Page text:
Culturedarm’s Songs of the Month (February 2015)


Let us go then, with a new series capturing some of my most listened to music of the past month. Listening lots does = endorsement.

Joanna Newsom – ‘Only Skin’ (Live at BAM, 1 February, 2008)

At almost seventeen minutes, ‘Only Skin’ is the longest composition on Ys; and it is densest piece on the album, not in terms of its sound palette – that might be ‘Monkey & Bear’ with its tearing climax – but in its shifting structure and the twisting patterns of its lyrics. I’ve been listening to a lot of Joanna Newsom live this month, and was particularly drawn to a bootleg of her performance at the Green Man festival back in 2005, when some of Ys was still in the process of being formed. The video below contains the audio of ‘Only Skin’ from an equally exceptional performance at the Brooklyn Academy of Music, with the Brooklyn Philharmonic, in early 2008.

Toe – ‘グッドバイ’ (or ‘Goodbye’)

I first heard this song earlier this week via Tumblr, and reblogged it on one of my Tumblr accounts. It’s such a pleasant, richly meditative seven-minute piece. Toe are a Japanese group whose music is typically described as post-rock or math rock. Their debut album, 2005’s The Book About My Idle Plot on a Vague Anxiety – which I haven’t yet listened to – apparently focuses on the drumming of Kashikura Takashi, and his interplay with the group’s guitarists. On their second full-length, For Long Tomorrow, released in 2009, Toe collaborated with several vocalists to introduce another layer and another texture to their art. With the intricacy of the playing complemented by the light mutability of the vocals, on For Long Tomorrow they sound close to folk music, and to my ears to both múm and Sigur Rós. ‘グッドバイ’ showcases the voice of Asako Toki.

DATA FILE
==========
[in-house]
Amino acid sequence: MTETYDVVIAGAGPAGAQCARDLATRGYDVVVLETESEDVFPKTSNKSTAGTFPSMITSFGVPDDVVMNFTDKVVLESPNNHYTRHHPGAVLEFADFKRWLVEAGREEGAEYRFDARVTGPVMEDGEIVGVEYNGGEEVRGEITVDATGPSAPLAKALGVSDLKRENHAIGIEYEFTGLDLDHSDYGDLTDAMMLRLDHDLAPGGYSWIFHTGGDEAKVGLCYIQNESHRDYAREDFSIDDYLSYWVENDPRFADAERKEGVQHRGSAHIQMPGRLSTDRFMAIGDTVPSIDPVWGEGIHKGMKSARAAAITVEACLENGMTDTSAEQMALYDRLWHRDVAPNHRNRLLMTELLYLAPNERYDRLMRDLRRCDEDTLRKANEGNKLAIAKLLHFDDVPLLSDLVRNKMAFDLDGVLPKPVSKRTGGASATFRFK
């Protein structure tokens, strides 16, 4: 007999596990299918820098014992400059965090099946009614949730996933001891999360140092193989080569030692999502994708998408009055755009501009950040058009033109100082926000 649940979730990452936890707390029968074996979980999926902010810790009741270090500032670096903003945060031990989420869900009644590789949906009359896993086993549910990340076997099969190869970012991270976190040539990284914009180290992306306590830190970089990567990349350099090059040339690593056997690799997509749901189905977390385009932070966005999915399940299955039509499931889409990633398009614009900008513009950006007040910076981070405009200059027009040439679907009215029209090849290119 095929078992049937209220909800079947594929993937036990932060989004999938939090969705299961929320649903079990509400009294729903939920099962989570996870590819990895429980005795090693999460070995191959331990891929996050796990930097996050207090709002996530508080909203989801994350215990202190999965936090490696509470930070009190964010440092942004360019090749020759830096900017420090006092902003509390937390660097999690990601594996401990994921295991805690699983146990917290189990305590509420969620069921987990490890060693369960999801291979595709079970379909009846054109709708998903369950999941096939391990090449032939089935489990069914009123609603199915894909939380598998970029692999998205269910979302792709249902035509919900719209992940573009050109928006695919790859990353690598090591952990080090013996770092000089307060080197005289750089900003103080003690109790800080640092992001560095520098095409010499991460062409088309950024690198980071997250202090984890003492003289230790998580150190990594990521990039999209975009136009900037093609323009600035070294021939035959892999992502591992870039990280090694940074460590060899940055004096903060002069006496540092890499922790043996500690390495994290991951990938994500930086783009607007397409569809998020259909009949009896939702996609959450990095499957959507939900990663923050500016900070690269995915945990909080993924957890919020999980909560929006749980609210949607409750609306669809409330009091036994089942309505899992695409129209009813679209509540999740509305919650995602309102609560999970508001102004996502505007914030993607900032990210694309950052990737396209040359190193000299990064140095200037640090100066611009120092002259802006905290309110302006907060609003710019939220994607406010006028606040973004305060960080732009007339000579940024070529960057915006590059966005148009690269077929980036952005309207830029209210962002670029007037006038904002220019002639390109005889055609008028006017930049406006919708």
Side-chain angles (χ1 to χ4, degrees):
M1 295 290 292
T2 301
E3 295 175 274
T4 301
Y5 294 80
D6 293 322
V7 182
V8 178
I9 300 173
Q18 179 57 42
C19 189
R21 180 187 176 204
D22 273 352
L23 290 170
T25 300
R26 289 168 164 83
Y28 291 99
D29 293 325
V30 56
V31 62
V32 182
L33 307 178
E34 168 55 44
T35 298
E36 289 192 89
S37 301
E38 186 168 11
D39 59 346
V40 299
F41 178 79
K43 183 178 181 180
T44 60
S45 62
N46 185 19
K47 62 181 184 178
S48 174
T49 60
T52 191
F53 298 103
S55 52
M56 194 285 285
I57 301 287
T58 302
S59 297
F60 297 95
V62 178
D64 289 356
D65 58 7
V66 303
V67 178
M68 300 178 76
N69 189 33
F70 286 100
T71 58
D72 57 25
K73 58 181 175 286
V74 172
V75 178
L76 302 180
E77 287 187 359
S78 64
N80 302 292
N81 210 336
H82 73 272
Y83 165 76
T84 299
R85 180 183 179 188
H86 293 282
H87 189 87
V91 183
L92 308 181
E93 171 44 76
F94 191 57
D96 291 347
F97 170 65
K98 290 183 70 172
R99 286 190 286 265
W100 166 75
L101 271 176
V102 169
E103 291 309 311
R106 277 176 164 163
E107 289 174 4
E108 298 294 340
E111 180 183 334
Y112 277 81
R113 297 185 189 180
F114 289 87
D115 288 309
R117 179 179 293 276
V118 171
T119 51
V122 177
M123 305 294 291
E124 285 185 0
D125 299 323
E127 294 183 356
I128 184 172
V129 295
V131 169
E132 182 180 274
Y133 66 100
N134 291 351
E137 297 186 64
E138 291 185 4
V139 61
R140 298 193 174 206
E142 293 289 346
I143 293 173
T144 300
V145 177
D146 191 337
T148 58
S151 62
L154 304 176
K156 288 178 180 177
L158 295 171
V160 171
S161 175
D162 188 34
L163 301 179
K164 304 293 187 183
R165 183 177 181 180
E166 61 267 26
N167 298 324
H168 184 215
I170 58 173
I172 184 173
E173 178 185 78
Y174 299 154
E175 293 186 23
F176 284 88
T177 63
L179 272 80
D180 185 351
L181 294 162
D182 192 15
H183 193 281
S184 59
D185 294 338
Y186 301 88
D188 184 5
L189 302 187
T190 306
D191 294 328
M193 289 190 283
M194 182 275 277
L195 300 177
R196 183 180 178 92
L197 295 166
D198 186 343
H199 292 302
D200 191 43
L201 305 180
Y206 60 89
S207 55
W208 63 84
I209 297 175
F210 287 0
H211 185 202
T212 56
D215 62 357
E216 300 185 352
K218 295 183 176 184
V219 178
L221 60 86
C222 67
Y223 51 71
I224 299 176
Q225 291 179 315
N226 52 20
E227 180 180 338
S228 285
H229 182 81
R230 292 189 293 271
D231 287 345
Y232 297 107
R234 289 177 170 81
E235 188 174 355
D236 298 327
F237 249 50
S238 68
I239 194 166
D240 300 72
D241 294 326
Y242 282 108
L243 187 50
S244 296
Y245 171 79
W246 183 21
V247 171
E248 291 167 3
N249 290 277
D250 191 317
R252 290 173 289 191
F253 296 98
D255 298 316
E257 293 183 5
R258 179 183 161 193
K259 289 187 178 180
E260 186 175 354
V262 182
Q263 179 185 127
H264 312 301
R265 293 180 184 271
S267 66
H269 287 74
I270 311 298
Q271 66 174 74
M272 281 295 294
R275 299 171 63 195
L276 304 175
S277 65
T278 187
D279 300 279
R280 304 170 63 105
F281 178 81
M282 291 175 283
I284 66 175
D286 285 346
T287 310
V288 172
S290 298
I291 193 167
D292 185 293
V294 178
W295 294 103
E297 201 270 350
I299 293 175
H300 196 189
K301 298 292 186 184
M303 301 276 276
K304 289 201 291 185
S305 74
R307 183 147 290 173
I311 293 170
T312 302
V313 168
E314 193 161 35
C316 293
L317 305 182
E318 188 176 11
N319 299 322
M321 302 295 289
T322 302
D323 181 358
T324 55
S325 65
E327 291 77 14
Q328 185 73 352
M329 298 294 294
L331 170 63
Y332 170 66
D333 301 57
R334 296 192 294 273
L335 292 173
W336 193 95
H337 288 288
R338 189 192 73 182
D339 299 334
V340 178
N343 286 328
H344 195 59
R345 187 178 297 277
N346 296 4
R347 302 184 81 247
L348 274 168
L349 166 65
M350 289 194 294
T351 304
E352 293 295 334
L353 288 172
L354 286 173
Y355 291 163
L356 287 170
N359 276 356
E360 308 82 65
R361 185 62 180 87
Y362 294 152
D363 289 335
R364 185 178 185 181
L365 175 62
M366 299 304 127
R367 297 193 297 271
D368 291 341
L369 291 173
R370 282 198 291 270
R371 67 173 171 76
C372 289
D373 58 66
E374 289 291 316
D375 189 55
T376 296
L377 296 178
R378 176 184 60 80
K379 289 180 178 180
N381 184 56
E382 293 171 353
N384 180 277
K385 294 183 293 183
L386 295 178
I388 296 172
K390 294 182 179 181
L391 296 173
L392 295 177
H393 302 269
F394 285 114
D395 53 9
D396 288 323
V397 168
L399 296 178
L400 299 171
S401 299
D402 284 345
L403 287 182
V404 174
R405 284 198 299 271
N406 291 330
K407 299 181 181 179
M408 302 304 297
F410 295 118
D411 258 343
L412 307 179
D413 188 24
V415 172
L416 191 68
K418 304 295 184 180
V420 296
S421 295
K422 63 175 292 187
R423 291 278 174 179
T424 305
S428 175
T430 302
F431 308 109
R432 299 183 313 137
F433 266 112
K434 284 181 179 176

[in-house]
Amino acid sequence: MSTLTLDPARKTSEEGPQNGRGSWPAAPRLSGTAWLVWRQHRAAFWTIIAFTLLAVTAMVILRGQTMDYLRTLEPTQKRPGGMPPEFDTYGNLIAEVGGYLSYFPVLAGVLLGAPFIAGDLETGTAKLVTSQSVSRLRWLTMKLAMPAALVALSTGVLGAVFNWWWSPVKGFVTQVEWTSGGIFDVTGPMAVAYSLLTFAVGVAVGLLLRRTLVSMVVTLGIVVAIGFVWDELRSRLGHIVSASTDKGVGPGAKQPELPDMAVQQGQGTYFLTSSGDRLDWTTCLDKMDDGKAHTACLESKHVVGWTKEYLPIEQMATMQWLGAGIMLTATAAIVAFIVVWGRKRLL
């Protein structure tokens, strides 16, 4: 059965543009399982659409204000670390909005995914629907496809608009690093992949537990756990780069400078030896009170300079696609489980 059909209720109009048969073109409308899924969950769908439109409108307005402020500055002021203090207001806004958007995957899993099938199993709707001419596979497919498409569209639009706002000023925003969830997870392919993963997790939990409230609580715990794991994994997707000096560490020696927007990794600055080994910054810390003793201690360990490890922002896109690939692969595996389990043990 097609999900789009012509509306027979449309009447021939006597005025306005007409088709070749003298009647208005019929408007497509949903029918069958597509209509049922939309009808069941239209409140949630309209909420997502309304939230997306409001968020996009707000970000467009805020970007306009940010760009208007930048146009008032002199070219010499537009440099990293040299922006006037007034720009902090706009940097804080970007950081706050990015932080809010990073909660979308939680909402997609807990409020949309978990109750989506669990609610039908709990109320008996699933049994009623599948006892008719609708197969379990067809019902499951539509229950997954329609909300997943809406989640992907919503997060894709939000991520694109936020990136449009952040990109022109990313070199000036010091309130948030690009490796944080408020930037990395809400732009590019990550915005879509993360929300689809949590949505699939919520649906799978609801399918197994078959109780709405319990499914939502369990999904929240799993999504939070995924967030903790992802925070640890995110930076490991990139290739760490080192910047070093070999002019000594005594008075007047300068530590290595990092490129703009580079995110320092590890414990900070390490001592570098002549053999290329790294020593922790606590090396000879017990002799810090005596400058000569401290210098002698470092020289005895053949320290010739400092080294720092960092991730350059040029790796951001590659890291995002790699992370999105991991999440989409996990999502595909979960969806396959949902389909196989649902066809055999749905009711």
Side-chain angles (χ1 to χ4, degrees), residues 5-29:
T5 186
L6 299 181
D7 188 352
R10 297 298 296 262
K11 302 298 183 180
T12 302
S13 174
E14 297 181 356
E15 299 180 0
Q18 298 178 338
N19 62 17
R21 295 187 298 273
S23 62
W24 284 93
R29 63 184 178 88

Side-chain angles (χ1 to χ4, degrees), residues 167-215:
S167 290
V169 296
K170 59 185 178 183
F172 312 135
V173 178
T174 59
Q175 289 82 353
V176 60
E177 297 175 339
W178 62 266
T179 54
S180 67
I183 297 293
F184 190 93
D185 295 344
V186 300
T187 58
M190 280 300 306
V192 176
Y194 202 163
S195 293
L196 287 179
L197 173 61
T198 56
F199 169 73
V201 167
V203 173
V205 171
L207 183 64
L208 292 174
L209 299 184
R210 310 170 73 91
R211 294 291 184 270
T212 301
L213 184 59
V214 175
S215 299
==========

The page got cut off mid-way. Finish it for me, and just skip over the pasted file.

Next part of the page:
Björk – ‘Black Lake’

I’m continuing to listen to Vulnicura often, and after running through the whole cycle of songs I’m back at the moment on ‘Black Lake’. With Björk’s exhibition at the Museum of Modern Art one week away, and Vulnicura still a couple of weeks away from a physical release, the song isn’t readily accessible yet via the usual – YouTube, SoundCloud, etc. – channels. So here is a trailer for the related sound and video installation which will be part of the MoMA exhibition.

Kanye West – ‘Only One’ 

‘Only One’ was released on 31 December, and the past month has seen Kanye give first airings to ‘Wolves’, which features Sia and Vic Mensa, and emerged during the adidas Originals x Kanye West fashion show in New York City on 12 February before being performed as part of the Saturday Night Live 40th Anniversary Special; and ‘All Day’, which debuted last week at the BRIT Awards. But ‘Only One’ still feels very much of the moment, with Kanye continuing to give touching renditions on talk shows across Europe.

Rihanna – ‘FourFiveSeconds’ (feat. Kanye West and Paul McCartney)

Rihanna inhabits her songs like few others. She has an exceptional voice, and ‘FourFiveSeconds’ is one of her greatest vocal performances, acoustic guitar, organ, and cello complementing her raw expression. Kanye’s verses are also a lot of fun, and everything about this song – including the denim-clad video – has such a fantastic atmosphere.

Kevin Coyne & Dagmar Krause – ‘Come Down Here’

Perhaps my favourite track from 1979’s Babble – which has been extensively covered by Bonnie ‘Prince’ Billy – sees another remarkable vocal, courtesy of Dagmar Krause. As she whispers and wails and coerces ceaselessly in the background, her voice hurries to exhaustion through brief moments of clarity.

A.T.A – ‘Bars’

Detroit rapper A.T.A (Anthony The Alpha) released ‘Bars’, produced by Yng Vapor, at the start of the month, the song appearing as the second cut on his ‘8 Gates of 808’s’ mix for AMDISCS: Futures Reserve Label.

Tom Waits – ‘Who Are You’

‘Who Are You’ from 1992’s Bone Machine is Waits at his careworn, lilting best.

Drake – ’10 Bands’

As I wrote in the review of Drake’s If You’re Reading This It’s Too Late which I posted yesterday, I think ’10 Bands’ is one of the strongest tracks on the mixtape, and it is probably the one I’ve played most over the last few weeks. The first half-rhyme after the hook, ‘I can tell you how it happened / I can tell you ’bout them safe house nights out in Calabasas’, is rhythmically perfect with Drake’s casual flow, heightened by the slight emphasis he places on the following line, ‘I can tell you not a rapper’ .

The Sugarcubes – ‘Deus’

With what we know now about heating water, carbon dioxide emissions and their impact upon our environment, perhaps these days Deus would give Einar Örn a hasty shower instead of a bath. But Deus is Deus, and no doubt his hose would still leave Einar squeaking.